After reading this, I happened to look at my speakers (which are on thin carpet) and noticed I never got around to replacing the stone tile under them when I first set them up a few years ago. I always meant to get something made of wood but forgot about it. I couldn't find anything maple so I just got some bamboo cutting boards (for the kitchen) that were a perfect fit and tried it to see if I could hear a difference from the stone tile that was under it.
At first I thought I was imagining things but no, there is a difference and it is for the better, becoming more apparent the more I listened. Now I have to source some maple. It seems that the bamboo is too soft and maple is a much harder wood so it's going to be interesting to hear what the difference will be.
Sorry if I highjacked your thread but thought it was relevant.
All the best,
FWIW- From Totem Forests on carpet over concrete (Totem uses this claw and ball arrangement instead of spikes), went to 2" thick Timbernation maple on heavy (18x18") Travertine tile under each Forest. Travertine directly on carpet. A definite improvement in sound. It has been quite a long time but my recollection is of increased clarity...I guess you could say better resolution. I'm not sure how much was due to the lumber vs just greater stability. While I'd love to try 'em, hard for me to justify the cost of Mapleshade plinths. Good luck with your decision. Can't speak to the difference between solid maple vs butcher block.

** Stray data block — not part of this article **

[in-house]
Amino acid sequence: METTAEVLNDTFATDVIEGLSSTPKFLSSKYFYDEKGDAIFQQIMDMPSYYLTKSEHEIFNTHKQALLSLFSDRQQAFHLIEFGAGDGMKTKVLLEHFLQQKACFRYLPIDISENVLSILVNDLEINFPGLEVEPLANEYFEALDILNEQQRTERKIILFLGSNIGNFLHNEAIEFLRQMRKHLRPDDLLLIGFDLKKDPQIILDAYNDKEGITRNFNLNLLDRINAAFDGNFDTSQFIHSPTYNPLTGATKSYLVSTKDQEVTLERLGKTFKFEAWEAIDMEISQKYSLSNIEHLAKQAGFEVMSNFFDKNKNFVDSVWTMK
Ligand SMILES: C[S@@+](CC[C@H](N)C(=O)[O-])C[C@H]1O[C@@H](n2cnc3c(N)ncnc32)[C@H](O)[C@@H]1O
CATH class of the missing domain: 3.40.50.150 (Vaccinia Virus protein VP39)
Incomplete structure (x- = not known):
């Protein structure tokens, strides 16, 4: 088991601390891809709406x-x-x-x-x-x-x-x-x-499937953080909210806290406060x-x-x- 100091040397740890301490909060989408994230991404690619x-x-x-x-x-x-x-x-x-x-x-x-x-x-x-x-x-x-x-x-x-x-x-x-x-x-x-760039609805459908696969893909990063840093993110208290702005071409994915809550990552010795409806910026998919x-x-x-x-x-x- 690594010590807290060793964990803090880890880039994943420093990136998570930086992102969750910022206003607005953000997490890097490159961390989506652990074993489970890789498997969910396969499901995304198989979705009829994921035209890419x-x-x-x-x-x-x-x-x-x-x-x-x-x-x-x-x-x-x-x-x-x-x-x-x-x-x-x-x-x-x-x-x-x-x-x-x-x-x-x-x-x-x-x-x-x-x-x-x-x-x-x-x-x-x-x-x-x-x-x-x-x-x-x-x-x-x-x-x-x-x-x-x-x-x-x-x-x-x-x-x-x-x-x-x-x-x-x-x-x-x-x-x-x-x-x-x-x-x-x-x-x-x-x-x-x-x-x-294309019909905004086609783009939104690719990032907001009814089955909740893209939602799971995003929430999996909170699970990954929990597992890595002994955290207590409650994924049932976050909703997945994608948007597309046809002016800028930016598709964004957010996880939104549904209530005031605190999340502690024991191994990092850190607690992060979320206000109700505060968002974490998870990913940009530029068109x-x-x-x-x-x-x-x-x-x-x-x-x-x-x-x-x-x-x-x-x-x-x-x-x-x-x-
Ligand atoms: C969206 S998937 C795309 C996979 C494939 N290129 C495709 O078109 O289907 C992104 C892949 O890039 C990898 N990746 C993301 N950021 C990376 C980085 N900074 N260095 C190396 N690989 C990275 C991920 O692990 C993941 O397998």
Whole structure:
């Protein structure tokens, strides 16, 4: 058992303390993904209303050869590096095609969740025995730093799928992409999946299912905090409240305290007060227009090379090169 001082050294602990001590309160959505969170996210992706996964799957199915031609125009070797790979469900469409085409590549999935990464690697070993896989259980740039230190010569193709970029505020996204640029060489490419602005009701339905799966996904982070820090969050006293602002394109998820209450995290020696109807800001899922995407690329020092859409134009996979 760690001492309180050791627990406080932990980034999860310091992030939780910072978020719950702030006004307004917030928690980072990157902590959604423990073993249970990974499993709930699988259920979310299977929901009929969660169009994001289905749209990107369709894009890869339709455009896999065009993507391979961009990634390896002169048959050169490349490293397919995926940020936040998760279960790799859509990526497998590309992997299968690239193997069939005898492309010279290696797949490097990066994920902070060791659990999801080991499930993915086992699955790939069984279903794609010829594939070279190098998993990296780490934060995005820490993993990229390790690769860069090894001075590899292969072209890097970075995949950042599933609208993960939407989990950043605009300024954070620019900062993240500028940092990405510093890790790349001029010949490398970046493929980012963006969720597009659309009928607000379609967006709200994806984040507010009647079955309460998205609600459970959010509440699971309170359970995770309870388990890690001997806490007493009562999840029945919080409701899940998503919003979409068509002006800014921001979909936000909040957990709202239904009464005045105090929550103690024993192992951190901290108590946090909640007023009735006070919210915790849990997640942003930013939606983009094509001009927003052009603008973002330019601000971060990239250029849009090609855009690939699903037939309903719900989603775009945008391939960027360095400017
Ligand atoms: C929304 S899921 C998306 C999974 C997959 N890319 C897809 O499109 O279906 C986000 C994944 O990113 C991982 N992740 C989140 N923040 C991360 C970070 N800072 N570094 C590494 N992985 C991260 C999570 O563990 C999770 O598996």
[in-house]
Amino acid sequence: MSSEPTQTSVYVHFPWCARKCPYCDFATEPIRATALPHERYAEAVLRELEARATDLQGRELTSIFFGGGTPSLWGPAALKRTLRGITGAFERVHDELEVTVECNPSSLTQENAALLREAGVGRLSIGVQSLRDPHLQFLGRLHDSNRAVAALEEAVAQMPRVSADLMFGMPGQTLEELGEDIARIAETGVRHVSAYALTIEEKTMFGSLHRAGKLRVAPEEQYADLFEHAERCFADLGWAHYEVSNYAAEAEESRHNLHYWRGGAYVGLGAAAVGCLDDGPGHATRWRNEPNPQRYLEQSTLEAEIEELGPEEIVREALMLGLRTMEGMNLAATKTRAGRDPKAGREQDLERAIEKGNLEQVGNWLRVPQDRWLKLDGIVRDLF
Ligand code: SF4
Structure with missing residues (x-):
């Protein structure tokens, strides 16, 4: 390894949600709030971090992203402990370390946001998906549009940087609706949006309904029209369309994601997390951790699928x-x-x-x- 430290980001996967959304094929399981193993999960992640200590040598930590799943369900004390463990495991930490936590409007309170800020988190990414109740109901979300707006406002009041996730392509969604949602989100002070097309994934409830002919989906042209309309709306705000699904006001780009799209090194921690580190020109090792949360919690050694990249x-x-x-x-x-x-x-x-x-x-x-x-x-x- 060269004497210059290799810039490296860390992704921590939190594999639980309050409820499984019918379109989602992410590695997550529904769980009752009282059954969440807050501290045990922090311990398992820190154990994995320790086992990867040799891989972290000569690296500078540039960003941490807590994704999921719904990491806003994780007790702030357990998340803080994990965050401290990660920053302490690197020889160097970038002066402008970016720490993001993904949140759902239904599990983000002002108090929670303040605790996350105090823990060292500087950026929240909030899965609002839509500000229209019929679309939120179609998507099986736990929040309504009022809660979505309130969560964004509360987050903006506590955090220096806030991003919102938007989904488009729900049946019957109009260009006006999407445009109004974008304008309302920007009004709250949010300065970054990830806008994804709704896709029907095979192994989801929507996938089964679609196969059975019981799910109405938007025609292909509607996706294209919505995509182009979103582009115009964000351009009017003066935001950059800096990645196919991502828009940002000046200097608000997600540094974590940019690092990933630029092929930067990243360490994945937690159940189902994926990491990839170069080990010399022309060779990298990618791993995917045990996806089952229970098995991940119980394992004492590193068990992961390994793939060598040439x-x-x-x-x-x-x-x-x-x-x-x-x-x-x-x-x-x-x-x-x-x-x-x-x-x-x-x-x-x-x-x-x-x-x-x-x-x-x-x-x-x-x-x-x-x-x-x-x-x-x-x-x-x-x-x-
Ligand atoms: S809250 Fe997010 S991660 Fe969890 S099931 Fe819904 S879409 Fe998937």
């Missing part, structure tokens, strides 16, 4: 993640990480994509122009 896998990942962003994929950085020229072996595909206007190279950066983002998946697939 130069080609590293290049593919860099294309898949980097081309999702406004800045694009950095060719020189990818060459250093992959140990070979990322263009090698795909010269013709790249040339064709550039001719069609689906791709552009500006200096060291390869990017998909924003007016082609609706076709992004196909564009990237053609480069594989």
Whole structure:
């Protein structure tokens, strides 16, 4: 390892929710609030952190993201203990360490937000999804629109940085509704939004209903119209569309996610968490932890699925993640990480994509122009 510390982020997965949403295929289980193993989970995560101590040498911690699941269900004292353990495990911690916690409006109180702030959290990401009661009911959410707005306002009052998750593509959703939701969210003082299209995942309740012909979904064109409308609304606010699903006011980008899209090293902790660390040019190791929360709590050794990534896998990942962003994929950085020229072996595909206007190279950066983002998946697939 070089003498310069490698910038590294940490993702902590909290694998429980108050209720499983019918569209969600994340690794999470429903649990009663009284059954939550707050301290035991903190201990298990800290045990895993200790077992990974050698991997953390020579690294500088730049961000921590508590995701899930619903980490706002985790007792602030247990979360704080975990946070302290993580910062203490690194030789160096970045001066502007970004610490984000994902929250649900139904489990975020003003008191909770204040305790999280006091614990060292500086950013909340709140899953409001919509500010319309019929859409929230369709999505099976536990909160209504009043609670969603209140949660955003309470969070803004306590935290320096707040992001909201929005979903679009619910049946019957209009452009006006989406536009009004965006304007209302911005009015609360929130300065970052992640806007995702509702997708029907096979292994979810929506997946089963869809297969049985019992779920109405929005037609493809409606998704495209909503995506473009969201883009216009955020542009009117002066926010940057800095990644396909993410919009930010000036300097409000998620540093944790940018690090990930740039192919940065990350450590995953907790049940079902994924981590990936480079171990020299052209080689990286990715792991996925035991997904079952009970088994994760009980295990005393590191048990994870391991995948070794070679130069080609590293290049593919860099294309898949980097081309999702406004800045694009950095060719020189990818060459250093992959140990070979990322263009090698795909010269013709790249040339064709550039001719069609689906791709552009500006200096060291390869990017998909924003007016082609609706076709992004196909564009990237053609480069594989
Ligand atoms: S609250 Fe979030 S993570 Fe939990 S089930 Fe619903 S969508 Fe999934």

Funny you should say that. Replacing the stone tile with the bamboo cutting board raised the speaker about and inch, at best. It seemed to dial back ever so slightly the upper end and at the same time introduce me to a better defined midrange.
I thought it was due to the wood taking the place of the stone and to some degree it was. But, all I had to do is sit more upright and it changed a bit back to the old way. There's more here at play than what I thought would be as the tweeter is still within the area of my ears (it's a vertical ribbon tweeter so there is room for a slight difference in height).
But I do believe that the solidity of the wood has as much to do with the sound as the speaker height. As I move around my room or sit at my Mac and type this, the presentation has changed somewhat from a slightly upper end emphasis to a mid range emphasis and this is from a position that always gave me the former impression. Being away from and out of the main listening field didn't change it a bit: this new mid range emphasis is still there.
Bamboo, being a softer wood than maple is, to my mind, the main reason with a change of speaker height a contributing factor. I'll know for sure when I source some nice, hard maple. I'm hoping it will bring me back about halfway to the sound of the stone tile and keep that midrange magic. I'd love to try what Ghosthouse did with the stone under the wood but I'm now totally spoiled by being able to precisely adjust the speakers position by gently coaxing it about on the carpet. This is fun.
All the best,
I don't know about that. I found some of those flat metal discs with the indent for placing the point of the spike in to keep from damaging floors and now I have a more even handed result: I've gotten back the high end air and sparkle without the minor tizzle (which I didn't know I had until I got rid of the stone tile piece and went with the bamboo cutting board) and I've got the added midrange embellishment from raising the speaker about an inch. I'm really happy now and am going to hold off on getting the maple cutting boards for awhile.
Like I said, this is fun.
All the best,